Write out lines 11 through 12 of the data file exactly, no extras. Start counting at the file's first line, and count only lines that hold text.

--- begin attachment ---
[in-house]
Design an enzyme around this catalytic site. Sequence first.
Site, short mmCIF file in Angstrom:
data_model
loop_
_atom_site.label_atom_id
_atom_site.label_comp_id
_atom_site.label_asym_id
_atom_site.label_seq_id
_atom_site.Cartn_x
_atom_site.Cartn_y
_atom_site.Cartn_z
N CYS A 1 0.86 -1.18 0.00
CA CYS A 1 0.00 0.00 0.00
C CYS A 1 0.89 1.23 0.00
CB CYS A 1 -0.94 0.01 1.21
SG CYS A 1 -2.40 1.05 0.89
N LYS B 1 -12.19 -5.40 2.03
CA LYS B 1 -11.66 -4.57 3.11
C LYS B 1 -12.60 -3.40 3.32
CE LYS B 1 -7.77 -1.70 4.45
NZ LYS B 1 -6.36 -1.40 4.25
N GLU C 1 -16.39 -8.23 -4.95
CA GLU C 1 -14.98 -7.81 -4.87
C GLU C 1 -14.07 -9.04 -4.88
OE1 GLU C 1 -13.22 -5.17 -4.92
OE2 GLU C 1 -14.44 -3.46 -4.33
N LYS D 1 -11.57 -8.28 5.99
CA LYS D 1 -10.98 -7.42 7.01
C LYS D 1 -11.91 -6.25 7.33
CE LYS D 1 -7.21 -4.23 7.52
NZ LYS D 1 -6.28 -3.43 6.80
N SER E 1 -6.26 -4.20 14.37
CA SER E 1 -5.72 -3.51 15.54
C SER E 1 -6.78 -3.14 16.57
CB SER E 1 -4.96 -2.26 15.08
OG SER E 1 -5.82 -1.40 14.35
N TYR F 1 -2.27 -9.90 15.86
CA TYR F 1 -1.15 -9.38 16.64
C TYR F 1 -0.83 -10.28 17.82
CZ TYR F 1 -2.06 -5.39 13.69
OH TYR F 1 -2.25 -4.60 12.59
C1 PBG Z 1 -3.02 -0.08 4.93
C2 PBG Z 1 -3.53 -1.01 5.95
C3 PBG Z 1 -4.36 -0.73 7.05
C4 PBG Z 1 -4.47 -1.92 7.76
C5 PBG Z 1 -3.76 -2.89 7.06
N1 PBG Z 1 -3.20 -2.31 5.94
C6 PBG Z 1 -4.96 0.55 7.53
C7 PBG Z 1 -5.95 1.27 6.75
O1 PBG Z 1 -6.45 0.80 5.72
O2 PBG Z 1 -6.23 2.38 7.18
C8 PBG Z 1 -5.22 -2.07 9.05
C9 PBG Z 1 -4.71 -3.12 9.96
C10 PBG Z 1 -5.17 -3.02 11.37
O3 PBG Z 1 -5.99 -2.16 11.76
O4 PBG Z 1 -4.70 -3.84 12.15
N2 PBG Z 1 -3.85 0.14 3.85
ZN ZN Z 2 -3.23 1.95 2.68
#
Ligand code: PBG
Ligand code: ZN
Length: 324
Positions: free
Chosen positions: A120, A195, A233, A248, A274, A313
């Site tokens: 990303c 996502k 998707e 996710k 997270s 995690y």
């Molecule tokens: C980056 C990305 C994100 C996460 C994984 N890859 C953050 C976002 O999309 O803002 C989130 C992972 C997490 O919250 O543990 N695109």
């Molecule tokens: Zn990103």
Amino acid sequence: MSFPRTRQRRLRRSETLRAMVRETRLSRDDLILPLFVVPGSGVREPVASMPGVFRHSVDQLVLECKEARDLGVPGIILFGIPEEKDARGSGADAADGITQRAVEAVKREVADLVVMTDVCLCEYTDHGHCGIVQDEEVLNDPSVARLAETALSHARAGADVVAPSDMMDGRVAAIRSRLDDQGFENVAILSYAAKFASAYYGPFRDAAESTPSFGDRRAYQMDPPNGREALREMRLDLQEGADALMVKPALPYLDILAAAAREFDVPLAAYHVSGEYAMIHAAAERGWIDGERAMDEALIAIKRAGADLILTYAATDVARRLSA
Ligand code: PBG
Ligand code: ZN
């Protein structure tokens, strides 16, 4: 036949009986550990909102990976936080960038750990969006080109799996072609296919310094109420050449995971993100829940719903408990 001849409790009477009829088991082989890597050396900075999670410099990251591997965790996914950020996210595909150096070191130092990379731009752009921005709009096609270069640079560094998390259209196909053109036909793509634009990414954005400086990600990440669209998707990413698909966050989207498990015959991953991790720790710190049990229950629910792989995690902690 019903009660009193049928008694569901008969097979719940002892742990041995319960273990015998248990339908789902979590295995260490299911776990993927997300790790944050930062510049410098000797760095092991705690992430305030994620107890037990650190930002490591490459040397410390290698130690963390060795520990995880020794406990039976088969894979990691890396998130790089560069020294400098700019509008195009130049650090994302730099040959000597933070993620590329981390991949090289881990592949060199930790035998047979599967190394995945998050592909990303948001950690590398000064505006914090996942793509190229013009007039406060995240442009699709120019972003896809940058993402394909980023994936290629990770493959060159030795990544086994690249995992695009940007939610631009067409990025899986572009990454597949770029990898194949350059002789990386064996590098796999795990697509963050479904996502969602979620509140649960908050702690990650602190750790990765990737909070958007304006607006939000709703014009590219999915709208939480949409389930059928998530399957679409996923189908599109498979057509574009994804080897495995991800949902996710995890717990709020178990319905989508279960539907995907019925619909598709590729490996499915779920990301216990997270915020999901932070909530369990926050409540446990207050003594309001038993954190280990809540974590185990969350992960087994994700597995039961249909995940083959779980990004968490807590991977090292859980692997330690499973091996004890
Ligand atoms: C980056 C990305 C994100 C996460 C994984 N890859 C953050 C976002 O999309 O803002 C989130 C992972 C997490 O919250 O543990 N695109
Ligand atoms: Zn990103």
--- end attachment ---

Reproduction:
_atom_site.Cartn_y
_atom_site.Cartn_z